To be able to use and take care of your stove the best way possible, there are a few things that are good to know:
- Never burn waste, cardboard packaging, printed matter or wood that has been painted or in some other way treated.
- Air is important for good combustion and good economy. Before the wood carbonises, enough air needs to be added that flames are produced (always read the manual – it's important).
- Don't leave the stove burning overnight. Leaving your stove burning overnight is bad for your wallet and the environment.
- Always use the operating tools provided when handling parts likely to be hot when the stove is in use.
- Make sure the wood is clean and dry. Moisture content of max 16-20% gives the best and cleanest combustion (and also less soot on the glass).
- Make sure you burn fuels that are in line with your warranty on your stove.
- Never overfill the stove and avoid using oversized pieces of fuel.
Reasons for sooted glass windows:
- Fuel is too wet (green)
- Pieces of fuel/uncut wood are too thick
- Operating temperature of the stove is too low
- Too much air coming through bottom grate
- Poor chimney draft
Cleaning my stove:
- During normal use and sweeping of your stove and chimney, a layer of ash, soot or debris can form, particularly on the top of the baffle plate or inner fireback. Any deposits allowed to buildup over time will have an insulating effect on these parts, thus restricting expansion; this will ultimately result in a shorter lifespan. The baffle plate can easily be removed from the stove and should be regularly checked for debris and cleaned.
- You must ensure that your chimney sweep removes all soot and debris from the stove after the sweeping process.
- The glass can be cleaned by using an approved glass cleaner. Alternatively warm soapy water and newspaper can be used but only when the stove is cold.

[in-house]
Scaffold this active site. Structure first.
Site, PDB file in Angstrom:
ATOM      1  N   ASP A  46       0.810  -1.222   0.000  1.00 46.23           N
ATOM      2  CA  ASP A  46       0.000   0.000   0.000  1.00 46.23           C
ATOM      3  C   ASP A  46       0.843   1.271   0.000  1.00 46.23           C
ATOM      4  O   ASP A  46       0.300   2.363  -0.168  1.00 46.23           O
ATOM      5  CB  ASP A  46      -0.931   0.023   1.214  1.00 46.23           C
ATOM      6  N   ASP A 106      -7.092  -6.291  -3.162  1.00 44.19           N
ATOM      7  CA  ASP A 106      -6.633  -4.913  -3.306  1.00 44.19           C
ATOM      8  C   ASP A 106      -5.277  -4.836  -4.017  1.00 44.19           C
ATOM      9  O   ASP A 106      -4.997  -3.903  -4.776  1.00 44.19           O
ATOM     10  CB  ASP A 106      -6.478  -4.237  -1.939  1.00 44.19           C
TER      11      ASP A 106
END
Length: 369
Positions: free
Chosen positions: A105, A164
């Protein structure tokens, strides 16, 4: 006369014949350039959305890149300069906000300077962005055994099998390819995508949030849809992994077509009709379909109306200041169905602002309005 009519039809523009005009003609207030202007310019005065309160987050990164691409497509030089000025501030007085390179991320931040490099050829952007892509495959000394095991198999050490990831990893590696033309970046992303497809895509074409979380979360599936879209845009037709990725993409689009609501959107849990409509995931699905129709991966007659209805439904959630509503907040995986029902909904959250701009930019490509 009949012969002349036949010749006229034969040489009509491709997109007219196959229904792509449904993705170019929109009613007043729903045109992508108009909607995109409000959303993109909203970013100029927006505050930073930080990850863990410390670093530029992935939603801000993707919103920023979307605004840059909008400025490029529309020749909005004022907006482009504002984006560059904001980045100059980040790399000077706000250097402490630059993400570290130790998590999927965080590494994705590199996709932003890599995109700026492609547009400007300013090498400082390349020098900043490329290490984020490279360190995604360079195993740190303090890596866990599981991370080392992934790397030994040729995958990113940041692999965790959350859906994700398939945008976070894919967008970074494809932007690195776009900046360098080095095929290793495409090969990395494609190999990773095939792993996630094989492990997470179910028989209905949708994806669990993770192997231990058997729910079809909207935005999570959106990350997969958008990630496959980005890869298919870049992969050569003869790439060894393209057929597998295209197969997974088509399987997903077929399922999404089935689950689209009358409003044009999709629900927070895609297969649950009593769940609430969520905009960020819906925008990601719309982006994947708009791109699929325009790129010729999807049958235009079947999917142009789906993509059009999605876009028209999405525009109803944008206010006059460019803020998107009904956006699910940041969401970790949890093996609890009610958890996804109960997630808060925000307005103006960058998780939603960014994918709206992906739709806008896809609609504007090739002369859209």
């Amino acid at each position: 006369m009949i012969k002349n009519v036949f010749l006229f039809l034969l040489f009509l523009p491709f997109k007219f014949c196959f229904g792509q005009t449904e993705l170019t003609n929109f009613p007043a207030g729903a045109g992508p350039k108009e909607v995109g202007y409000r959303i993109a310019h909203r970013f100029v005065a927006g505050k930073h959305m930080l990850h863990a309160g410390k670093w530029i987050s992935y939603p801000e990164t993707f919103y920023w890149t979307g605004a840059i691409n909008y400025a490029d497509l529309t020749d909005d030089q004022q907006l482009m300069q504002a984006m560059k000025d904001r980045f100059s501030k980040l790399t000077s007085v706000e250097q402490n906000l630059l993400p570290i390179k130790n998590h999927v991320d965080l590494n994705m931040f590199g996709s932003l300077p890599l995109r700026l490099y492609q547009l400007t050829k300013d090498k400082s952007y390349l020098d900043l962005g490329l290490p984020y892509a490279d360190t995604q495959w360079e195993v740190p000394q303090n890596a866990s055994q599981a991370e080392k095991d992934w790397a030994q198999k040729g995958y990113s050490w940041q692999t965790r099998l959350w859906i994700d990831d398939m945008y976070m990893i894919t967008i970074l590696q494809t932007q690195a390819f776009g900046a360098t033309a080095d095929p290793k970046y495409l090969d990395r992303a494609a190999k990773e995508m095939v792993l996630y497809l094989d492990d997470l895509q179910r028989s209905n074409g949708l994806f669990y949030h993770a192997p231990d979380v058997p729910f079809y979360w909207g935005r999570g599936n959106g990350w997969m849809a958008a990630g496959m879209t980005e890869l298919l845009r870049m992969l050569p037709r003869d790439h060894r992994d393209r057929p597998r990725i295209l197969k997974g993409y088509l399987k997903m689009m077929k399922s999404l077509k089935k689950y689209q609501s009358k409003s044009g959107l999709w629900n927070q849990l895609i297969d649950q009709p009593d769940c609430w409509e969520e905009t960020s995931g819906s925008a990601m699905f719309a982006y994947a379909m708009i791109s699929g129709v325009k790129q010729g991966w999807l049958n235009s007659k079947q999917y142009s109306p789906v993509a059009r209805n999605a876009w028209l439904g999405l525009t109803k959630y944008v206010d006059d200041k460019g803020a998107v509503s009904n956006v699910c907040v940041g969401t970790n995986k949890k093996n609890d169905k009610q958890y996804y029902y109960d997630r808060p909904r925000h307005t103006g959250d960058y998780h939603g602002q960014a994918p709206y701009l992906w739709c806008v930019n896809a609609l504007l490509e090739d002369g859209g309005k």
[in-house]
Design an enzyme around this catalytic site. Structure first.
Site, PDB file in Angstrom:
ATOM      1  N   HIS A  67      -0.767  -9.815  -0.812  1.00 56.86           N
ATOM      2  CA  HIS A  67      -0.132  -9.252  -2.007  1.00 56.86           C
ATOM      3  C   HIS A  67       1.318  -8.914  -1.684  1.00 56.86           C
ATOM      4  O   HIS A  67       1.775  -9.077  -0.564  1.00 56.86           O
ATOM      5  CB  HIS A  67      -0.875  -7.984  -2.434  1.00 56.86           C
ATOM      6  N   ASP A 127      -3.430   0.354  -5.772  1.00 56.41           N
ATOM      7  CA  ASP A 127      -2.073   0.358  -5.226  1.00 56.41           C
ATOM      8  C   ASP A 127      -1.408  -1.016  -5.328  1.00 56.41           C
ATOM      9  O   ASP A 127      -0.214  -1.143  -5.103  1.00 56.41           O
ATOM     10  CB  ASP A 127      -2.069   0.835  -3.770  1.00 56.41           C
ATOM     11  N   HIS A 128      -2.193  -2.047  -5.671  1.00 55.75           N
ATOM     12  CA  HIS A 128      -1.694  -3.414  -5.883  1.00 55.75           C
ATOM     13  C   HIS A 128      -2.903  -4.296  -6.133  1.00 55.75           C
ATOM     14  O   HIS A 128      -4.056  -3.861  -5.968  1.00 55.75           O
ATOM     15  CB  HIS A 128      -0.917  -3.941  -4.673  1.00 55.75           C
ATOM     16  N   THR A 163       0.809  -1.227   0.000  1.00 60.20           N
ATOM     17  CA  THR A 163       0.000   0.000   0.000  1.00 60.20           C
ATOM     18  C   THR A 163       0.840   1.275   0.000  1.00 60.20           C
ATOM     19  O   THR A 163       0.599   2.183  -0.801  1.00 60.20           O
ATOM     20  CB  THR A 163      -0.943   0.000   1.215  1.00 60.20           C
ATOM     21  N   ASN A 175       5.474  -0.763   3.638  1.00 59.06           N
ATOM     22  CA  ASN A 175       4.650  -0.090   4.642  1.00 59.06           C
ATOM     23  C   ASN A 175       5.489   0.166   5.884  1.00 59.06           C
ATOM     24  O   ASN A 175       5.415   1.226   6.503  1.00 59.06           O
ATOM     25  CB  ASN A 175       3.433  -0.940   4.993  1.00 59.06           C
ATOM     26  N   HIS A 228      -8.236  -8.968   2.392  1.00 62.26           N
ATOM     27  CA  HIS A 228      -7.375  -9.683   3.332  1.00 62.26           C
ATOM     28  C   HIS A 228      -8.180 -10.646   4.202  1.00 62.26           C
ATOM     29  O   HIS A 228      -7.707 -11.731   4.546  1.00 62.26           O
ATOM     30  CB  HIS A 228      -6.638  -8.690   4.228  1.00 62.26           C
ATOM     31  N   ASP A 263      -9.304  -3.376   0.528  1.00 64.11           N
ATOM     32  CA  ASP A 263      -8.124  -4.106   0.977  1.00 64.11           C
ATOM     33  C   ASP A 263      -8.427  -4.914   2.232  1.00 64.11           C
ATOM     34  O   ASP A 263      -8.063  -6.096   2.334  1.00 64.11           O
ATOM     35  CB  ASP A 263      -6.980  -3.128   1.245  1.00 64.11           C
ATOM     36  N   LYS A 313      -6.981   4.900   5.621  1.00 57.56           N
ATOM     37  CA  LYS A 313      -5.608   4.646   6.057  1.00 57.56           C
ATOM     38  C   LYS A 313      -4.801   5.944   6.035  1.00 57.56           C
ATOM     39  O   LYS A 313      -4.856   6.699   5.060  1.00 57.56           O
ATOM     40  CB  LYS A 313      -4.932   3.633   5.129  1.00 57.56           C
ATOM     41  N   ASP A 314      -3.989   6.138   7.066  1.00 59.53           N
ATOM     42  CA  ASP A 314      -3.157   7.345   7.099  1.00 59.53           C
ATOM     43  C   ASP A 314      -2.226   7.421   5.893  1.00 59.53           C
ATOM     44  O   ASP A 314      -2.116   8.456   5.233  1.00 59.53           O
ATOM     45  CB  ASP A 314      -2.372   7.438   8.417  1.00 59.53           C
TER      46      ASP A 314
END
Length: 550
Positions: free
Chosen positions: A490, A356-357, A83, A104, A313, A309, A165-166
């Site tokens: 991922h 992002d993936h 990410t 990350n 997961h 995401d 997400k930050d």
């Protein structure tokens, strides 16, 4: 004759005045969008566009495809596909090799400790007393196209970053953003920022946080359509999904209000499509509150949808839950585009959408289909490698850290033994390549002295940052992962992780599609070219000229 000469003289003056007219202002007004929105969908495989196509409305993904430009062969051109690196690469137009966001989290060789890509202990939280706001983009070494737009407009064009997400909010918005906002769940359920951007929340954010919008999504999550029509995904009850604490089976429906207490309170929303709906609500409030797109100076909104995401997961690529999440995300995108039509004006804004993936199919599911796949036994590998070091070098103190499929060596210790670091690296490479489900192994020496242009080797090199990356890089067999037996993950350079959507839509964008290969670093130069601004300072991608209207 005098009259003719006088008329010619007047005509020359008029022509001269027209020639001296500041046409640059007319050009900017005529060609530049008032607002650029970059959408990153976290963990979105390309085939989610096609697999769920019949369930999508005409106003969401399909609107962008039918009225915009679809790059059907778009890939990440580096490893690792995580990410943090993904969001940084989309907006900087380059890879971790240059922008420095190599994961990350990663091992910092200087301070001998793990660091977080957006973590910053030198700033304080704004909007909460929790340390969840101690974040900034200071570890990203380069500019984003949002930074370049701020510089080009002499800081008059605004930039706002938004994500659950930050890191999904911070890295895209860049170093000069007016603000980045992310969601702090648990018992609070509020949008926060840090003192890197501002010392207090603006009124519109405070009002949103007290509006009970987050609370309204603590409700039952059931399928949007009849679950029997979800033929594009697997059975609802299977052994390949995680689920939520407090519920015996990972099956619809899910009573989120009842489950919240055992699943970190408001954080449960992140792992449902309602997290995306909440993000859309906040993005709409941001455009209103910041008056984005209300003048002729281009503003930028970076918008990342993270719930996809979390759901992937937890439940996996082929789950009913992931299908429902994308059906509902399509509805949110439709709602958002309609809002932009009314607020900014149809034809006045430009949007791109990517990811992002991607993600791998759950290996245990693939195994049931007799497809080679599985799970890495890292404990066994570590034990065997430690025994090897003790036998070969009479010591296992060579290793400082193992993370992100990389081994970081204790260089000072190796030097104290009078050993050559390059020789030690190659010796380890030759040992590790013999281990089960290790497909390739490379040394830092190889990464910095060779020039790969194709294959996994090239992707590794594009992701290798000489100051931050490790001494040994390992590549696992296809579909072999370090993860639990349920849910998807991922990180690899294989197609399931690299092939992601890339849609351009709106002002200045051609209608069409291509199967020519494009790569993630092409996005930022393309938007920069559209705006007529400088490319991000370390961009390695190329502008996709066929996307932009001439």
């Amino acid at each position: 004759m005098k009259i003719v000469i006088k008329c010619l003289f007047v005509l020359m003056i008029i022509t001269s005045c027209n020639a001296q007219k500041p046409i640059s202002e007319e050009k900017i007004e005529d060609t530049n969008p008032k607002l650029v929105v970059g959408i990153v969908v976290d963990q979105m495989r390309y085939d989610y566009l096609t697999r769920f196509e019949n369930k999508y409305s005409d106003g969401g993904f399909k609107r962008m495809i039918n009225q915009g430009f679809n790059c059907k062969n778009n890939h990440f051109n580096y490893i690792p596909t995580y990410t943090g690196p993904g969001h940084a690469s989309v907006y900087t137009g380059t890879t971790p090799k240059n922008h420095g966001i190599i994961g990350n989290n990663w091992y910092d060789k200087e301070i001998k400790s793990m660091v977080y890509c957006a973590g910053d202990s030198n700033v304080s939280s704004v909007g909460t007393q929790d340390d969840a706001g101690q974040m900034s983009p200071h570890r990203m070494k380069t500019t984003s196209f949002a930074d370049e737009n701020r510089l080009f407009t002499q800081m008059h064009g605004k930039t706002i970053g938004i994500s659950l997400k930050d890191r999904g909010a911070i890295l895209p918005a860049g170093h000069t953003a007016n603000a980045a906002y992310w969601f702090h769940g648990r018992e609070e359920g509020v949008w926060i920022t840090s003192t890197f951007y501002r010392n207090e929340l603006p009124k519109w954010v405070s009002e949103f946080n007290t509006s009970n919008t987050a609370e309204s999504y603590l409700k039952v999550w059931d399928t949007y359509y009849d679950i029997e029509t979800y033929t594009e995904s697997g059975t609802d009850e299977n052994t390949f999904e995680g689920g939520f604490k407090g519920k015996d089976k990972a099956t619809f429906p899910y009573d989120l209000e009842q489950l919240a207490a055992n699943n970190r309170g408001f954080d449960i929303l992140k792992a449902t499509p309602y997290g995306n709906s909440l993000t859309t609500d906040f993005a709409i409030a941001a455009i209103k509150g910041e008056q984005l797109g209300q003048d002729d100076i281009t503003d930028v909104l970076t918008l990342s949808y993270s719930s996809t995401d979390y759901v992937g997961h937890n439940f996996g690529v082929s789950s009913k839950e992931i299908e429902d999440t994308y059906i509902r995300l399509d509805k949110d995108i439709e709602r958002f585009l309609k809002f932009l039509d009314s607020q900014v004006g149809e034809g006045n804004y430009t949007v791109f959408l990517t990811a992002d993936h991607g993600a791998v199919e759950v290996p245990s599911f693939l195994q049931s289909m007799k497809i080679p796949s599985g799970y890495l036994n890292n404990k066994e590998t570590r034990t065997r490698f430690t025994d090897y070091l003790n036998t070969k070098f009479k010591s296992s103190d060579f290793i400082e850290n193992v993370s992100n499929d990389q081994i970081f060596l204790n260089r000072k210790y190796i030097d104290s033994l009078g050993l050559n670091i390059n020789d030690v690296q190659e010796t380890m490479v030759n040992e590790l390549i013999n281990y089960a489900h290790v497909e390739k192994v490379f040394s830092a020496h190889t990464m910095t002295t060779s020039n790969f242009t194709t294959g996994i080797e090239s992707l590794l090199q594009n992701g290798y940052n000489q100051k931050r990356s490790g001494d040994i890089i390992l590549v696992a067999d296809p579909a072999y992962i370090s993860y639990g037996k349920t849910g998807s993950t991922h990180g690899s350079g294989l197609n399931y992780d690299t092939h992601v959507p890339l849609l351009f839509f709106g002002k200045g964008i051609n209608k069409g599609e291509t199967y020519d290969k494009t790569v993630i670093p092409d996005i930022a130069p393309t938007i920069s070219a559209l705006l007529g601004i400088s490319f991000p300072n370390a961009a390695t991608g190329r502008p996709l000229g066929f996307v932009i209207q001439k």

- Note that the stove needs to be cold when cleaned.
What to do with Ash:
- In order to achieve the highest combustion temperature possible when burning solely wood, it is important that a 1cm deep bed of ash is established on top of the grate area. Excess ash should be removed by simply agitating the grate by moving the riddling rod on the outside of the stove; surplus ash will fall into the ash pan below the grate where it can be easily and safely removed.
- Be sure to empty the ash pan before it gets completely full; if the ash level reaches the underside of the grate, air flow through the grate will be restricted and will lead to over-heating and premature wear of the grate parts.
- When emptying the ash pan always dump the waste ash into a metal container (dustbin) where it can fully cool before being taken away by your refuse collector. Ash from a wood-burning stove does not benefit your garden as fertiliser.
What to do if smoke is coming out of the stove when door is opened:
- The stove must never be operated with the door open, the door should only be fully opened during refuelling.
- Smoke may be emitted into the room at the time of refuelling if the stove is burning at a very low rate. To overcome this either turn the stove to full rate, or open the door slightly (1 or 2 cm) for a few minutes before adding any additional fuel.
- If the door is left open for too long (2 minutes or so) during the refuel procedure, a large amount of cool air will be drawn into the chimney chilling the flue gases and slowing the draft. This will result in smoke and fumes coming back in the room; the refuelling time should be kept to a minimum.
- If smoke is persistent, and the stove is difficult to light and maintain a good burn rate, there may be a problem with the chimney draught- you should consult with your installer or a qualified chimney sweep.
- The chimney should be swept at least twice a year. It is important that the flue connection and chimney are swept prior to lighting up after a prolonged shutdown period.
- If the stove is fitted in place of an open fire then the chimney will require sweeping after a month of continuous operation. This is a precaution to ensure that any "softer" deposits left from the open fire usage have not been loosened by the higher flue temperatures generated by the closed stove.
Use of fireguard:
- When using the stove in situations where children, aged and/or infirm persons are present a fireguard must be used to prevent accidental contact with the stove.
Periods of Prolonged Non-Use:
- If the stove is to be left unused for a prolonged period of time then it should be given a thorough clean to remove ash and unburned fuel residues. To enable a good flow of air through the appliance to reduce condensation and subsequent damage, leave the air controls fully open.